Nope, you don't understand how compilers optimize... Declare all the variables that aren't const
as volatile and it is guaranteed to work whatever the optimization level or version of the compiler.
I assume your comment was aimed at me.
Sure your above statement about always using volatile if not const is correct. However, that is not what you said in your previous statement:
Just always declare variables volatile if you read or write them in an ISR. Otherwise the compiler can
optimize them away in various (hard to predict) circumstances.
Your previous statement is simply factually incorrect for the situation when only the ISR is using/accessing the global variable.
This new statement is pushing ALWAYS using volatile which an excessive and unneeded use of volatile that will disable certain types of optimizations for situations when it is not needed.
There is never an issue of accessing a stale version of a global variable if there is only a single context since there is no other context that is potentially modifying the variable out of view of the compiler for the localized code in the module being compiled.
That context can be foreground or ISR doesn't matter.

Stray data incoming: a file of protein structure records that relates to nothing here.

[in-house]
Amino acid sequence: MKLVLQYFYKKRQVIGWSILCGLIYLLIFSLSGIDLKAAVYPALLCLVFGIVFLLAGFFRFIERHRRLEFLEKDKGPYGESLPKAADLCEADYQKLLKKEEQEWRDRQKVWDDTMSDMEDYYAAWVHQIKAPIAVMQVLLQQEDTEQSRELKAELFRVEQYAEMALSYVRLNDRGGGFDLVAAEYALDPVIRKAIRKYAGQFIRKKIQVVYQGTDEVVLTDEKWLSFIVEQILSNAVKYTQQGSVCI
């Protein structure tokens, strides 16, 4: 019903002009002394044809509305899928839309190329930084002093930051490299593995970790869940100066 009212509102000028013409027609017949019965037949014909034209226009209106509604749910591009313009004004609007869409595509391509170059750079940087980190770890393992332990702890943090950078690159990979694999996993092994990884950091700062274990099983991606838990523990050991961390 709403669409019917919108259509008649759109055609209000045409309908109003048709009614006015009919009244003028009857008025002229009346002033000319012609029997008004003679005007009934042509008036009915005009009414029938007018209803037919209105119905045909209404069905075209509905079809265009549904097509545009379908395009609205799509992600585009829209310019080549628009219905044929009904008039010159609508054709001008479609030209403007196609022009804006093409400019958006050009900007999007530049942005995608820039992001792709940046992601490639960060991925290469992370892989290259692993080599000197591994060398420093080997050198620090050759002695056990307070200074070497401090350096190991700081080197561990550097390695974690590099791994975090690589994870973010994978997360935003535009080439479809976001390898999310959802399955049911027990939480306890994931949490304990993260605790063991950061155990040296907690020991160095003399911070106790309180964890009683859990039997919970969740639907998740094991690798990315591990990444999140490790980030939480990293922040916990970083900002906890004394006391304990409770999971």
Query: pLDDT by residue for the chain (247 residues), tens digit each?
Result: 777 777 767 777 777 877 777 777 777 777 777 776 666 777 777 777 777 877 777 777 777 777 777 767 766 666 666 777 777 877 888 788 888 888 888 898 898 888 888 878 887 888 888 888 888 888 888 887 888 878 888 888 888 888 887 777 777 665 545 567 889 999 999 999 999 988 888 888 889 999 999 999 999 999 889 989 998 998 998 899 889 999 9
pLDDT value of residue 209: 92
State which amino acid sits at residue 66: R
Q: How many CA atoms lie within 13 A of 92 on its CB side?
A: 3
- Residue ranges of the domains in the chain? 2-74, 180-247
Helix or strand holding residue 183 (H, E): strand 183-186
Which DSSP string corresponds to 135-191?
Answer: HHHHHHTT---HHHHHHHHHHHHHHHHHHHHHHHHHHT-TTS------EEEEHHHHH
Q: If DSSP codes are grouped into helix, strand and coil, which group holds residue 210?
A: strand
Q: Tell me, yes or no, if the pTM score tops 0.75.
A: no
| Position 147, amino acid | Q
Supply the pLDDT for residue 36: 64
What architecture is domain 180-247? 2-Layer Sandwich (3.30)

Also, any/all local optimizations related to variable caching into registers is guaranteed to be flushed back to the variable memory across function calls.
When volatile is not used, the compiler can never optimize away the memory updates of the global variable since the variable is global in scope and the compiler must ensure that all other code outside of this scope has access to the updated variable once the local scope completes/finishes/exits/calls a sub function.
And this is the reason a global variable can be modified and the modified/updated variable can be seen by a sub function that is called.
While there are some cases where volatile can and must be used to force immediate memory access (like to h/w registers to ensure certain sequencing/ordering) it is not necessary to use volatile to cause an ISR to update global variables that only the ISR uses.
The global variable is guaranteed to be updated back to memory before the ISR exits so the updated value will be seen when the ISR runs again.
There were some cases about 8-9 years ago when this wasn't the case, but this was actually a compiler issue with the pre/post pre-amble code being used by the compiler for ISR functions.
The ISR was incorrectly handling registers and pre-maturely returning, it affect globals as well as caused some register corruption.
Once that bug was fixed, the issue went away.
I actually smashed into this the 3rd day I starting using avr-gcc.